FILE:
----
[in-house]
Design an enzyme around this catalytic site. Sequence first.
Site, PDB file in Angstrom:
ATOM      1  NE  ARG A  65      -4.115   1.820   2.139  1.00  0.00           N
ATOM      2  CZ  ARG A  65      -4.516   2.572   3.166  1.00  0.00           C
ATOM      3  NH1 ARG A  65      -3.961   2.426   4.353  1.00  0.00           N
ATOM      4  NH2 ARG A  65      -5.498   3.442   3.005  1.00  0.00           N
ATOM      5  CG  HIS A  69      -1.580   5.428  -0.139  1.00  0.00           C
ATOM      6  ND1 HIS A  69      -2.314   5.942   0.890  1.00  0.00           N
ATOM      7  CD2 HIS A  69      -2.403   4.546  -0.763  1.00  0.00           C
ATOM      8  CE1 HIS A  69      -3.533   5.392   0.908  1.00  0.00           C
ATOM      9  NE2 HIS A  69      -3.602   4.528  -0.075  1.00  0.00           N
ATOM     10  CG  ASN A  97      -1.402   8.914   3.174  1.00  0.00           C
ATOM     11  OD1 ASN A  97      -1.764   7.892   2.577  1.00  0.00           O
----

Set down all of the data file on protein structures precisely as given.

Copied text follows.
[in-house]
Design an enzyme around this catalytic site. Sequence first.
Site, PDB file in Angstrom:
ATOM      1  NE  ARG A  65      -4.115   1.820   2.139  1.00  0.00           N
ATOM      2  CZ  ARG A  65      -4.516   2.572   3.166  1.00  0.00           C
ATOM      3  NH1 ARG A  65      -3.961   2.426   4.353  1.00  0.00           N
ATOM      4  NH2 ARG A  65      -5.498   3.442   3.005  1.00  0.00           N
ATOM      5  CG  HIS A  69      -1.580   5.428  -0.139  1.00  0.00           C
ATOM      6  ND1 HIS A  69      -2.314   5.942   0.890  1.00  0.00           N
ATOM      7  CD2 HIS A  69      -2.403   4.546  -0.763  1.00  0.00           C
ATOM      8  CE1 HIS A  69      -3.533   5.392   0.908  1.00  0.00           C
ATOM      9  NE2 HIS A  69      -3.602   4.528  -0.075  1.00  0.00           N
ATOM     10  CG  ASN A  97      -1.402   8.914   3.174  1.00  0.00           C
ATOM     11  OD1 ASN A  97      -1.764   7.892   2.577  1.00  0.00           O